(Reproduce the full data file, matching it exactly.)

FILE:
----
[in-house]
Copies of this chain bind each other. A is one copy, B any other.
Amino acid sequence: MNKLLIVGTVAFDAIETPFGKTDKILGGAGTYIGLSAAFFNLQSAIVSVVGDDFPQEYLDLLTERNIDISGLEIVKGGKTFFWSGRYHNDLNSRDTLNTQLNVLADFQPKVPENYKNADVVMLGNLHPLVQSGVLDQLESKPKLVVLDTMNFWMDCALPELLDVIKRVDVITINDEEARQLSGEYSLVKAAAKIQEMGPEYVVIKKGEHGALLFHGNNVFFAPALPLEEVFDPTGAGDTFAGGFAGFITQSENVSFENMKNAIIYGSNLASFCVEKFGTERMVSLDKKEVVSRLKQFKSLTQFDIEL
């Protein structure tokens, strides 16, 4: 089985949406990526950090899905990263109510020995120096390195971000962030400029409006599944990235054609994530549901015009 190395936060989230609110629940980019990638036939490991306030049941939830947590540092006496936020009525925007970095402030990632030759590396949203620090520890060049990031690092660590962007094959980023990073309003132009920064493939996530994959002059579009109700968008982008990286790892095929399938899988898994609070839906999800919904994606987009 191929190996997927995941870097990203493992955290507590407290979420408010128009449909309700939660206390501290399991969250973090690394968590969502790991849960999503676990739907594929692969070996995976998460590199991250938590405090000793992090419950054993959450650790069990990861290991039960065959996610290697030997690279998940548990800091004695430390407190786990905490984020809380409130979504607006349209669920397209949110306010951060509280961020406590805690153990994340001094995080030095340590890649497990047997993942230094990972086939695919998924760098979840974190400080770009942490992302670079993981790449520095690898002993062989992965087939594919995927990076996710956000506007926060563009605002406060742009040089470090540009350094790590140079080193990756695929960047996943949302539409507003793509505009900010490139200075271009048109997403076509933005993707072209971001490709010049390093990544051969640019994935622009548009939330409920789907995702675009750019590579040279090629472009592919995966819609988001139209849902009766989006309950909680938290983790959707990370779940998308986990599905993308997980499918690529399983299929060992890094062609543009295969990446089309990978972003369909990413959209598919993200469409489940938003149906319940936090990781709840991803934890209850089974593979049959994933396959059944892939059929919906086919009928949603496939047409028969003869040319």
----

[in-house]
Copies of this chain bind each other. A is one copy, B any other.
Amino acid sequence: MNKLLIVGTVAFDAIETPFGKTDKILGGAGTYIGLSAAFFNLQSAIVSVVGDDFPQEYLDLLTERNIDISGLEIVKGGKTFFWSGRYHNDLNSRDTLNTQLNVLADFQPKVPENYKNADVVMLGNLHPLVQSGVLDQLESKPKLVVLDTMNFWMDCALPELLDVIKRVDVITINDEEARQLSGEYSLVKAAAKIQEMGPEYVVIKKGEHGALLFHGNNVFFAPALPLEEVFDPTGAGDTFAGGFAGFITQSENVSFENMKNAIIYGSNLASFCVEKFGTERMVSLDKKEVVSRLKQFKSLTQFDIEL
């Protein structure tokens, strides 16, 4: 089985949406990526950090899905990263109510020995120096390195971000962030400029409006599944990235054609994530549901015009 190395936060989230609110629940980019990638036939490991306030049941939830947590540092006496936020009525925007970095402030990632030759590396949203620090520890060049990031690092660590962007094959980023990073309003132009920064493939996530994959002059579009109700968008982008990286790892095929399938899988898994609070839906999800919904994606987009 191929190996997927995941870097990203493992955290507590407290979420408010128009449909309700939660206390501290399991969250973090690394968590969502790991849960999503676990739907594929692969070996995976998460590199991250938590405090000793992090419950054993959450650790069990990861290991039960065959996610290697030997690279998940548990800091004695430390407190786990905490984020809380409130979504607006349209669920397209949110306010951060509280961020406590805690153990994340001094995080030095340590890649497990047997993942230094990972086939695919998924760098979840974190400080770009942490992302670079993981790449520095690898002993062989992965087939594919995927990076996710956000506007926060563009605002406060742009040089470090540009350094790590140079080193990756695929960047996943949302539409507003793509505009900010490139200075271009048109997403076509933005993707072209971001490709010049390093990544051969640019994935622009548009939330409920789907995702675009750019590579040279090629472009592919995966819609988001139209849902009766989006309950909680938290983790959707990370779940998308986990599905993308997980499918690529399983299929060992890094062609543009295969990446089309990978972003369909990413959209598919993200469409489940938003149906319940936090990781709840991803934890209850089974593979049959994933396959059944892939059929919906086919009928949603496939047409028969003869040319």